It is not possible to understate the importance of keyword research.
If you’re not writing about yourself and your products in the same way that your customers are talking about their problems, you won’t be found in the search results.
A lot of great posts have been written about keyword research; if you’re not familiar with the process, here are a few starting points:
Choosing your competitors
For this post, let’s say that we’re trying to identify opportunities for sports clothing site, 2XU. In this situation, you’ll probably want to choose a mix of direct competitors (manufacturers) as well as retailers. This will help maximize the keyword spread that you’re going to analyze.
You’ll typically want to stay away from less authoritative sites, who are usually smaller brands. This is because less authoritative sites, categorically, have a smaller presence in the SERPs, which is what SEMrush measures. They look at the keywords that you’re ranking for, not necessarily the keywords that you’re targeting. With this in mind, it is helpful to review sites who have a large keyword footprint.
For this example, we’ll use the following competitors:
Collect competitive data
Start the competitive process by going to SEMrush, entering your first competitor, and then viewing the organic positions. This will show us all the competitor’s keywords that SEMrush has found on the first two pages of Google.
To remove branded queries or other irrelvant terms, you can use the filters in SEMrush before you export your data. This is better than filtering in Excel as SEMrush limits the number of results in a report. By filtering in SEMrush, you can maximize the amount of useful data that you export.
Alternatively, if you know that all relevant content and keywords fall within specific URL structures on your competitors’ sites, you can filter to only include URLs that fit those patterns.
Then, when you have your cleaned keyword data in SEMrush, export all of the keyword data for the competitor.
Now repeat this for each competitor, placing all keyword data into a spreadsheet – each data set with its own tab. With all of your competitors’ keyword data in hand, use SEMrush to pull your own keyword ranking data and place it in its own tab in the spreadsheet.
Clean your data
Start your data cleaning process by going through the keywords associated with each competitor and marking which keywords are relevant. Then copy all of these relevant keywords, and the keywords that you rank for, into one list and dedupe this master keyword list.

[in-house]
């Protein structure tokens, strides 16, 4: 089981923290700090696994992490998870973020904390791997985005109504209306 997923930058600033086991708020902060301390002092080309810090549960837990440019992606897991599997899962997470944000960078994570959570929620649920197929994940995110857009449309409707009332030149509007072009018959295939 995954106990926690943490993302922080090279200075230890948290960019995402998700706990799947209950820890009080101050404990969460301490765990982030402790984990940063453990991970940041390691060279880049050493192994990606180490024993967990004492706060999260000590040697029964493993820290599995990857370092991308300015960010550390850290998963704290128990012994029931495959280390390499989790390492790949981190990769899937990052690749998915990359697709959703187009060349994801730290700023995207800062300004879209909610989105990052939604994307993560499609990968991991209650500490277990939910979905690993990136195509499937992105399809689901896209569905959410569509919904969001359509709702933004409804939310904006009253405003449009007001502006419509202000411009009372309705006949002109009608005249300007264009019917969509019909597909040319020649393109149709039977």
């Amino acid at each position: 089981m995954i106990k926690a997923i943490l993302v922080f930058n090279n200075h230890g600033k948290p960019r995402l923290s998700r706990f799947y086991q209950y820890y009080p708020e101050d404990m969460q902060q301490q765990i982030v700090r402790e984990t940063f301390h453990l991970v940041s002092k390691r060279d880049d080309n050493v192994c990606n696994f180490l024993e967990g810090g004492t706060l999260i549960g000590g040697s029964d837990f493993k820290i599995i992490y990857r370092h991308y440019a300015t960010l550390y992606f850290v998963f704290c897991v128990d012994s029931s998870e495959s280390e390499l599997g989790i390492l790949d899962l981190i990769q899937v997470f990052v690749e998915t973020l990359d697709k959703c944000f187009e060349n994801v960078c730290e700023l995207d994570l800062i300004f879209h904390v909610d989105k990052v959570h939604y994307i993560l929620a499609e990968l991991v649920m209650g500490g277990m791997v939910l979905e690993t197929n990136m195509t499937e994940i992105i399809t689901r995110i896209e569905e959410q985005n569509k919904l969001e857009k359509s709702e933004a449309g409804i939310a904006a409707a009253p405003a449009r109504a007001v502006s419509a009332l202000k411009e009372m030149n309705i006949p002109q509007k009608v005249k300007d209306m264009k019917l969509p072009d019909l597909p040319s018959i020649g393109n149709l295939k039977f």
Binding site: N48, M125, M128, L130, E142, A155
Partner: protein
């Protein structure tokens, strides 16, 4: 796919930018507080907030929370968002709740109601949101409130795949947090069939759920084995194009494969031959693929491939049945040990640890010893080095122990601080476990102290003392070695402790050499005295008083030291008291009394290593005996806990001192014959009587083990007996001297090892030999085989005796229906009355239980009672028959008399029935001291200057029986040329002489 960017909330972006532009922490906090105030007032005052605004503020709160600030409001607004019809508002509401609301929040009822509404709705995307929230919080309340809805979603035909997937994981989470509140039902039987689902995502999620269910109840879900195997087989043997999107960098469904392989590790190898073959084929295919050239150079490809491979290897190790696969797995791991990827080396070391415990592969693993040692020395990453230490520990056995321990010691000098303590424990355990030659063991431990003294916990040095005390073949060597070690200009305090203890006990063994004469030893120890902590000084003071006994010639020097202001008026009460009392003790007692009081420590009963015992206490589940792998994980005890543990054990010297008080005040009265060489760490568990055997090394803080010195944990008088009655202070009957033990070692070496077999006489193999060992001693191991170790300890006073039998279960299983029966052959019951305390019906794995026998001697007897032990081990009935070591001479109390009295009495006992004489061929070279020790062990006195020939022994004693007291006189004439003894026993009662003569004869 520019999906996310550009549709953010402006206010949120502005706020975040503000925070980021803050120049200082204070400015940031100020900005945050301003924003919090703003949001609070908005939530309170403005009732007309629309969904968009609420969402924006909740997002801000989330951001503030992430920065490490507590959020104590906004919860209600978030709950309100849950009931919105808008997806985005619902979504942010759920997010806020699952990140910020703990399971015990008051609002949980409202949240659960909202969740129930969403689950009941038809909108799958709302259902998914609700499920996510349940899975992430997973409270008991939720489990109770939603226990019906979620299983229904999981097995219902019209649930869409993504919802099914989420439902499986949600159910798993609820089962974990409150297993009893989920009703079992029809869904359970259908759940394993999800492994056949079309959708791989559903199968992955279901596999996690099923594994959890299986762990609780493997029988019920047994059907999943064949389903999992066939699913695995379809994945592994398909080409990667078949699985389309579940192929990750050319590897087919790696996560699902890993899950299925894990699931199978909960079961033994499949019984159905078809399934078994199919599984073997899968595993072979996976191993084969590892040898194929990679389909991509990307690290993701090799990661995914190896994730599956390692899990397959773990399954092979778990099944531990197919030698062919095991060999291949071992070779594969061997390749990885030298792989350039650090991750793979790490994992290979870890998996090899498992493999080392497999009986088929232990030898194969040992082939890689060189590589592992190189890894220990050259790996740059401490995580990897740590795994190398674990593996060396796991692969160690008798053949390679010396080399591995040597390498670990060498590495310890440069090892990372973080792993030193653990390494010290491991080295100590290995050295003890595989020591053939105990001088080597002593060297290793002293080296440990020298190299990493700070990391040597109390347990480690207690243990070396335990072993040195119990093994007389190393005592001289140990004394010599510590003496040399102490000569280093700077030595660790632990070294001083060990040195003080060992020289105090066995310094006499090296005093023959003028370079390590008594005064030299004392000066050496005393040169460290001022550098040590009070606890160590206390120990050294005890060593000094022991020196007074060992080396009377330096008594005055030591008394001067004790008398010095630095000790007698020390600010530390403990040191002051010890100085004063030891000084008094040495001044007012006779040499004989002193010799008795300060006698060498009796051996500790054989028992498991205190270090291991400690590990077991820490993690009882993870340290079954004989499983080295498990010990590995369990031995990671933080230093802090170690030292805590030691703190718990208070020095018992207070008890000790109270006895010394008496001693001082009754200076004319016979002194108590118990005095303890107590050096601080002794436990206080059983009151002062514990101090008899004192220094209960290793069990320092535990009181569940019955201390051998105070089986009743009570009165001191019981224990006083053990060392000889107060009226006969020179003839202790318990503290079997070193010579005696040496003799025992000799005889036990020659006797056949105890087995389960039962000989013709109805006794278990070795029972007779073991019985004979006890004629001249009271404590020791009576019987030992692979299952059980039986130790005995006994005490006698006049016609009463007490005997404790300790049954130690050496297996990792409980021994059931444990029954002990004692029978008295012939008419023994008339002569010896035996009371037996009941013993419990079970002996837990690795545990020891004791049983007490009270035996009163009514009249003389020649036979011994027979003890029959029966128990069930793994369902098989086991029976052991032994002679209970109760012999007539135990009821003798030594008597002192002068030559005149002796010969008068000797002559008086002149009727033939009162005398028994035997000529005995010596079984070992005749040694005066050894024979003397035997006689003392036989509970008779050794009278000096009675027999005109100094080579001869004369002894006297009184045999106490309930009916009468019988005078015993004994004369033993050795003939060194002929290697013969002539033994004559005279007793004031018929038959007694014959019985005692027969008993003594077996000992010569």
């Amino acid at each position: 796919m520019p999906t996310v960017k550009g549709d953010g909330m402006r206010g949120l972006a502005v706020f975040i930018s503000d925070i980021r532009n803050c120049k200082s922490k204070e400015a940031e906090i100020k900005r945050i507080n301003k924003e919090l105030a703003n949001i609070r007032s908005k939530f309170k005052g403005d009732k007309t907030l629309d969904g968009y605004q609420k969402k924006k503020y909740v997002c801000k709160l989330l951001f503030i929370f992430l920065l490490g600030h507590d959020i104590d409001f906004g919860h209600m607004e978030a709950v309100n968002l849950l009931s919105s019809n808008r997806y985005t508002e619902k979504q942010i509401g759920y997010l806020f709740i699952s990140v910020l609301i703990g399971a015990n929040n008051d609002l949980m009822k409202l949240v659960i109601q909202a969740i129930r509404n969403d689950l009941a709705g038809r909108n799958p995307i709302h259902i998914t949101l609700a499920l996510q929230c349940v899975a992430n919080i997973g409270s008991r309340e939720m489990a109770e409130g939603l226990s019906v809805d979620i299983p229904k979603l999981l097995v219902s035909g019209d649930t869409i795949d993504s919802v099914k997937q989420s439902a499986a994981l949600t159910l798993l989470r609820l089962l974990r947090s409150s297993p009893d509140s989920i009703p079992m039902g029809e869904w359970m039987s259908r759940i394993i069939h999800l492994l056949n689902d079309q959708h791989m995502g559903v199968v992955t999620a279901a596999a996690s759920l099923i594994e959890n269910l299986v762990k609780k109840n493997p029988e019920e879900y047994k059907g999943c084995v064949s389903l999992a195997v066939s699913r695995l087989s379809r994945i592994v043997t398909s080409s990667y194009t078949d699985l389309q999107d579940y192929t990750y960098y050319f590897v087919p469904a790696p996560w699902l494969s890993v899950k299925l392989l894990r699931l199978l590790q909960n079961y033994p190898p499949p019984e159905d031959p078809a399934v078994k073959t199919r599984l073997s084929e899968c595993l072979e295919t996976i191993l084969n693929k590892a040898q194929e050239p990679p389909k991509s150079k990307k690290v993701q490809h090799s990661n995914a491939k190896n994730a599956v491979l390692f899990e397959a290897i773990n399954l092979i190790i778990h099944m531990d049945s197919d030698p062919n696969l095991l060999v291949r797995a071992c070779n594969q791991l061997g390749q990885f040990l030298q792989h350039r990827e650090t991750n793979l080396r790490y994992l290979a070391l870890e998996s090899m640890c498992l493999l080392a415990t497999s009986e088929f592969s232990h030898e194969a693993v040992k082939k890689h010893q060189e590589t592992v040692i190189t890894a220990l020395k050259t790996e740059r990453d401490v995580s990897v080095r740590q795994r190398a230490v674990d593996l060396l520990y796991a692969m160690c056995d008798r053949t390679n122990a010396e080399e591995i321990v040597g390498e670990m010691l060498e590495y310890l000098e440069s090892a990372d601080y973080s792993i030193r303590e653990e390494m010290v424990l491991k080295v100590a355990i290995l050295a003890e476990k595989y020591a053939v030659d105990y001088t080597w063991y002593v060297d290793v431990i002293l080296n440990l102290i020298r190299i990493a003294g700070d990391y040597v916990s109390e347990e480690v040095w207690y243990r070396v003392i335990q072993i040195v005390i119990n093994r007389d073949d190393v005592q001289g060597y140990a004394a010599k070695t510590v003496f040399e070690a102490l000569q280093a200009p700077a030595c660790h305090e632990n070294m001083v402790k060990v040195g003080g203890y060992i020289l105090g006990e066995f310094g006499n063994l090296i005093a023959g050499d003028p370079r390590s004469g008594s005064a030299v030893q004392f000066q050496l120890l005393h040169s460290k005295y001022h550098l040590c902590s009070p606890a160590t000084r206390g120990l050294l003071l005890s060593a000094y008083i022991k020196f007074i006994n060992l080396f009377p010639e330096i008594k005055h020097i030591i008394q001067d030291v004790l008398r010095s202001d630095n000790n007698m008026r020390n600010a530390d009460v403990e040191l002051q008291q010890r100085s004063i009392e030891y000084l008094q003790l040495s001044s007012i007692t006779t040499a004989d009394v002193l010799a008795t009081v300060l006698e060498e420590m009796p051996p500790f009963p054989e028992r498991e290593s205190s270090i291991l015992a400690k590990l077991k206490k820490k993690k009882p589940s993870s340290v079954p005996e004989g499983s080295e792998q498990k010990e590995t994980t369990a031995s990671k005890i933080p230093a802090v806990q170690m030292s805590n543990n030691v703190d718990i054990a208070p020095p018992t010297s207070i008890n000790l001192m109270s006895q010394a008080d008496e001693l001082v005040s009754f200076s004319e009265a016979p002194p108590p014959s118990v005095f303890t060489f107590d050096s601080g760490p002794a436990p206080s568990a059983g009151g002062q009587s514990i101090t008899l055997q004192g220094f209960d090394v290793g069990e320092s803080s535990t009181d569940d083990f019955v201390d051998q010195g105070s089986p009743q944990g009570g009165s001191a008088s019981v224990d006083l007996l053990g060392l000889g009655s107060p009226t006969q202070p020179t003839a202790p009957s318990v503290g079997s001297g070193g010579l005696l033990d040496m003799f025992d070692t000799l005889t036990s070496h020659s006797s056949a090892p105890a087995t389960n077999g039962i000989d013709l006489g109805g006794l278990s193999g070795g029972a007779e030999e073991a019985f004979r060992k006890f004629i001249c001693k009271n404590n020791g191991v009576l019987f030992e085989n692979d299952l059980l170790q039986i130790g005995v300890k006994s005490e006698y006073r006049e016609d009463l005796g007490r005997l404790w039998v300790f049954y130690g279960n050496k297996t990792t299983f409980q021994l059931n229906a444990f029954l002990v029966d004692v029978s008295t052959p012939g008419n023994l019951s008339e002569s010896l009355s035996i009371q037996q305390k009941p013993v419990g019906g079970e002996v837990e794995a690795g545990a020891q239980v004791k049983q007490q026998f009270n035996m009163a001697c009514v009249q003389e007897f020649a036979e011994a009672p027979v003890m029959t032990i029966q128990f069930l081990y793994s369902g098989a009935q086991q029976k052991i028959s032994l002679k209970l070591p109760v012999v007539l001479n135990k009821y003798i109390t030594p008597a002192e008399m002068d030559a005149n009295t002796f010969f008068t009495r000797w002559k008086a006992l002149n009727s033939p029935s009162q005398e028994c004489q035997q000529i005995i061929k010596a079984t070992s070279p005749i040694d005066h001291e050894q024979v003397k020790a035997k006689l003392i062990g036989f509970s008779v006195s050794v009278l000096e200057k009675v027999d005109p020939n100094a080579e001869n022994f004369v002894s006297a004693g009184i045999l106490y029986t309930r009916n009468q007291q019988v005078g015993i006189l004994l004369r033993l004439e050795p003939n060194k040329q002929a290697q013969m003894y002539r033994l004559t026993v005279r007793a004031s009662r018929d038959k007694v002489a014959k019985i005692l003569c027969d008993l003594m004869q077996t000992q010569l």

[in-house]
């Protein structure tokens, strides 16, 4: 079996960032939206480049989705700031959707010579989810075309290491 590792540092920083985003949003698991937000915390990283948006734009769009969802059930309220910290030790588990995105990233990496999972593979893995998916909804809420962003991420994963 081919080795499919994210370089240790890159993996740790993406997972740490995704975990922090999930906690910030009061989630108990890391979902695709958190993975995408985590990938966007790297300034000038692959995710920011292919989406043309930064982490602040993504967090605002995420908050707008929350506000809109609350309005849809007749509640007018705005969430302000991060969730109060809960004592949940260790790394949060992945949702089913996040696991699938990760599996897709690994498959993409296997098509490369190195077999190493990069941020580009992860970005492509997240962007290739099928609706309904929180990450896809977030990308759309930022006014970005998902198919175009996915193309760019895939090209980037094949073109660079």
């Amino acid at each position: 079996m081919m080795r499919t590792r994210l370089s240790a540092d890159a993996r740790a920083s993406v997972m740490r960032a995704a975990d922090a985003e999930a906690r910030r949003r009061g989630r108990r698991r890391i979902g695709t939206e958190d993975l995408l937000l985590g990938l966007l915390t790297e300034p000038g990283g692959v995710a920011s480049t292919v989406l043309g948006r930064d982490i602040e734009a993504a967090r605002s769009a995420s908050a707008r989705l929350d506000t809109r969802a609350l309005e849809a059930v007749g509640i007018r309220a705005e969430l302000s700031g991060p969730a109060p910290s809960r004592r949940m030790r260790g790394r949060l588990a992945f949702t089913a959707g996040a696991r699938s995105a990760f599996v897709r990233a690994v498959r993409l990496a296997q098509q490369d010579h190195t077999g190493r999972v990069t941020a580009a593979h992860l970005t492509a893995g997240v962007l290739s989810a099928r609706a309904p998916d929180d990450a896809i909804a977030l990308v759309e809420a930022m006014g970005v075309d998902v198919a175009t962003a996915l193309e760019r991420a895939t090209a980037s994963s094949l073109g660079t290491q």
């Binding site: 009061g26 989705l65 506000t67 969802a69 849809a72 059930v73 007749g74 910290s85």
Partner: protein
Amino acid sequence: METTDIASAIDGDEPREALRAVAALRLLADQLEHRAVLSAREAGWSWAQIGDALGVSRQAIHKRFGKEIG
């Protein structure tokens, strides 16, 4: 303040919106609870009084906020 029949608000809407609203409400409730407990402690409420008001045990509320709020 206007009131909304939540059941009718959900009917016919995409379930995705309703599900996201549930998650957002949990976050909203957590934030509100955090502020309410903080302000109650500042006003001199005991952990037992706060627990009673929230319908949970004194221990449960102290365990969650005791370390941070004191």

Group and categorize your data
Now go through your master keyword list and group all relevant keywords together. These just need to be in broad categories to help you create topics.
Once your keywords are in groups, go through and create topics within the groups. If you have a lot of keywords within a group, you might end up with a few different topics for each group. When words seem close enough to potentially be in the same topic, such as “compression shorts” and “compression pants”, Google them. Then compare the search results – if you see both compression shorts and compression pants in both results, then they belong in the same topic.
Build out a competitive keyword table
Now use vlookups to build a table that contains the search volume for each term and the rankings associated with each site. Copy and paste the data as values only to facilitate removing the #N/A’s.
To understand the size of each topic, use sumif to create a topic volume column which will sum all of the keyword volumes associated with a topic.
Analyze for opportunities
The competitor rankings and topical search volume can be used in combination with the knowledge of our product offering to help us understand which keyword phrases we should be pursuing.
To see keywords that we’re currently not targeting, filter our rankings to only show blanks.
We are left with the keywords that we are not ranking for – we may want to consider either retooling our pages or creating new pages to target these. If you want to get a better understanding of the opportunity before you, you can look at the keyword opportunity to see a more realistic projection of the amount of traffic you can capture rather than the raw monthly searches.
If you’re looking to dig into keyword research further, check out these resources:
- Understanding Keyword Rank Potential
- How to Estimate the Total Volume of Keywords in a Niche
- SEObook’s guide to Keyword Research
- Using AdWords Data for Keyword Research
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